“We discussed this and explained it to Gianni Bugno, the president of the riders’ group and he needs to explain it to the riders’ representatives. I wasn’t even sure if it was right to mention it in the press conference, because I think it’s important that the riders themselves support it. But the key is that this will be an anti-doping system that works with the riders and helps them rather than an organisation imposing it from outside and us telling the riders what we are going to do to them,” said Ashenden later.

The man bankrolling the movement – and paying the expenses of some of the personalities present – Jaimie Fuller of Skins – insisted that the recently announced Independent Commission of Inquiry into the UCI’s activities during the Lance Armstrong era was not enough to repair the damage done to the public perception of the sport.

“We believe that, during the the course of the inquiry that Honorary President Hein Verbruggen and President McQuaid should stand down from their posts until the commission has reported its findings,” said Fuller.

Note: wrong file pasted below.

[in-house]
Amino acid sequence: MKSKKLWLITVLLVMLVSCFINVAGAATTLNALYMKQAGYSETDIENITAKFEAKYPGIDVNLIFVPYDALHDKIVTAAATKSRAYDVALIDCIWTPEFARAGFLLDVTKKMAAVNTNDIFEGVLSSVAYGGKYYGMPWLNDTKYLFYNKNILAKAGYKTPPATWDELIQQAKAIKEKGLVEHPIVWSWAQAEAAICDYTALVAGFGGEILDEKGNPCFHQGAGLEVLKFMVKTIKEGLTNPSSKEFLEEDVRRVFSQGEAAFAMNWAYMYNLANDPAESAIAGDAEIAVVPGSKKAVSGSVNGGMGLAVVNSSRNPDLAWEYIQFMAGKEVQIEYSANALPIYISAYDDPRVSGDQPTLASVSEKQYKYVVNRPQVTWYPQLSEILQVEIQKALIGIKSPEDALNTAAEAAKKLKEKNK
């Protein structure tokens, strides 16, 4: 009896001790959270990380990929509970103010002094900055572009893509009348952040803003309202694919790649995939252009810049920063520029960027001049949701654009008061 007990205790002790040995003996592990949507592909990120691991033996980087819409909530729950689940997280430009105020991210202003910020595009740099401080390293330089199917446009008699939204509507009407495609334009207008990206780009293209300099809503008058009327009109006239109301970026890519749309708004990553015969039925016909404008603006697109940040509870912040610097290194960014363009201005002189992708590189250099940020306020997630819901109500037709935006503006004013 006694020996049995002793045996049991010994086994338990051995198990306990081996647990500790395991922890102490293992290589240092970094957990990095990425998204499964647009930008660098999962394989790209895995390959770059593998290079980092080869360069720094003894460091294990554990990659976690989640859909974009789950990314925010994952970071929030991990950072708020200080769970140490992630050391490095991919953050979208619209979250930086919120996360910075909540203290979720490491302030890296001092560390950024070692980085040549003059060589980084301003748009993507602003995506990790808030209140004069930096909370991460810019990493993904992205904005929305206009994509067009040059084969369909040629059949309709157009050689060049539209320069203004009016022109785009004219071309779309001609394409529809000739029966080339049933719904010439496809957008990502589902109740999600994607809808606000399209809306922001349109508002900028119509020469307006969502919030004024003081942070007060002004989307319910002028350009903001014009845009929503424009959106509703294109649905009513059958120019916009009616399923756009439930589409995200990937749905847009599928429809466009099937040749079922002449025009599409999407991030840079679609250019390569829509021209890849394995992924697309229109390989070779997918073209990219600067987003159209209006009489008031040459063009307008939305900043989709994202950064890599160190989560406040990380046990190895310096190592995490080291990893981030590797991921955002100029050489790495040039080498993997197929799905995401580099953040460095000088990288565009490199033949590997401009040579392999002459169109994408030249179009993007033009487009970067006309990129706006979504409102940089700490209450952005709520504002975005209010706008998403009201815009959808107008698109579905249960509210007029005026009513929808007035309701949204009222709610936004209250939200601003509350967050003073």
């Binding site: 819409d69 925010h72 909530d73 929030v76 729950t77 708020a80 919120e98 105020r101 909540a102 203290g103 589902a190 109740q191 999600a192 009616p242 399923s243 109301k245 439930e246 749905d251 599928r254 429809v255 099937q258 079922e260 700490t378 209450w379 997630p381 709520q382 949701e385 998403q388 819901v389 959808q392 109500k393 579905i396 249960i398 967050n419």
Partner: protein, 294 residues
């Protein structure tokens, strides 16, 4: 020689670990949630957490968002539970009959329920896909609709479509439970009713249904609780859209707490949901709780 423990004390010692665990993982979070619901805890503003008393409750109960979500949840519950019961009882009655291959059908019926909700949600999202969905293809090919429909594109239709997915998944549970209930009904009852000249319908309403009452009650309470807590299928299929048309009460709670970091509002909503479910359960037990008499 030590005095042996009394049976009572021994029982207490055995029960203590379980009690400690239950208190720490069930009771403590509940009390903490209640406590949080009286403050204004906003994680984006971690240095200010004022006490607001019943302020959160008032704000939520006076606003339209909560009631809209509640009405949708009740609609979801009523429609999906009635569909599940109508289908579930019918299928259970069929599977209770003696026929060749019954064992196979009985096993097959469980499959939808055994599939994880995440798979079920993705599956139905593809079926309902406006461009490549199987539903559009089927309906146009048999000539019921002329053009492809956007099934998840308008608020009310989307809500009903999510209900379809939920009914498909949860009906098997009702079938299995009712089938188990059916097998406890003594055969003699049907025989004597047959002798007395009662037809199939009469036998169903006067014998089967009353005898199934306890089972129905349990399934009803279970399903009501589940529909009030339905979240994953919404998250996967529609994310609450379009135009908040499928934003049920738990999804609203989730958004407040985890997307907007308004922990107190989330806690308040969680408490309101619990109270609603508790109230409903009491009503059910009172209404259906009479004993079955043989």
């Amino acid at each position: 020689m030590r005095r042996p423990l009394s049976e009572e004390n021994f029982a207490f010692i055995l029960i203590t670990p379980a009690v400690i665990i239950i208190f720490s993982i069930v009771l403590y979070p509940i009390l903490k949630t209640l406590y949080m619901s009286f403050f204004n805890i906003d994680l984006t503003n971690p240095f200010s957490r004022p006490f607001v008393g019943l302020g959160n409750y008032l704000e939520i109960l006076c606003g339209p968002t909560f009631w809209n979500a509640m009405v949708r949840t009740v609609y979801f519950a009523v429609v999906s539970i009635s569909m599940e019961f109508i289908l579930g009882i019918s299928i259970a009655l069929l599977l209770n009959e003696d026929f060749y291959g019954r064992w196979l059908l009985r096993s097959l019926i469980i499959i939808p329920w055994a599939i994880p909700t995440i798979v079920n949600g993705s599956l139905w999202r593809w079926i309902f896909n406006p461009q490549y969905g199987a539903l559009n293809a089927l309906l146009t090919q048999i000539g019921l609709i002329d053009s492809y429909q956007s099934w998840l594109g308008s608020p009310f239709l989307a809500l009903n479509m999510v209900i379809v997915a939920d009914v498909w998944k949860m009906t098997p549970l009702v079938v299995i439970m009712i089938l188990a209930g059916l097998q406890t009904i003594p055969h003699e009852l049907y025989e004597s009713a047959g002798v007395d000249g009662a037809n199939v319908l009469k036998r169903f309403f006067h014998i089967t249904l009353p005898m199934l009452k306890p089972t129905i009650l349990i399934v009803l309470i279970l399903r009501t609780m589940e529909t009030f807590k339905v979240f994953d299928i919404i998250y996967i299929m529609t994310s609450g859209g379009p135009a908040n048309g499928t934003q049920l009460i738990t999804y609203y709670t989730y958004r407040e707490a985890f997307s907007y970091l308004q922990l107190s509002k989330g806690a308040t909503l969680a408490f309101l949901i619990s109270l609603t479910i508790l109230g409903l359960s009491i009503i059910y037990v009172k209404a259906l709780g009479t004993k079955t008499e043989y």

Fuller’s insistence that Verbruggen and McQuaid need to go was echoed by Kimmage. “I don’t think it’s right that we will have to wait seven months for the Inquiry to report its findings, we need to keep the pressure on, we need to make sure this issue will not go away,” insisted the animated Irish journalist.

And it’s clear that the fallout from the USADA-Armstrong affair won’t be going away, though how much impact this group can have in the months ahead might hinge, in the first instance on whether or not the rider’s group (CPA) is persuaded by Bugno’s explanation of Ashenden’s new anti-doping proposal.

In addition, if Vaughters, the outgoing president of the AIGCP, can sell the agenda to the team’s organisation, that would also be a major filip to the noisy fledgling outfit. Without ‘buy-in’ from riders, it’s hard to see how the group will gain support. More info at www.changecyclingnow.org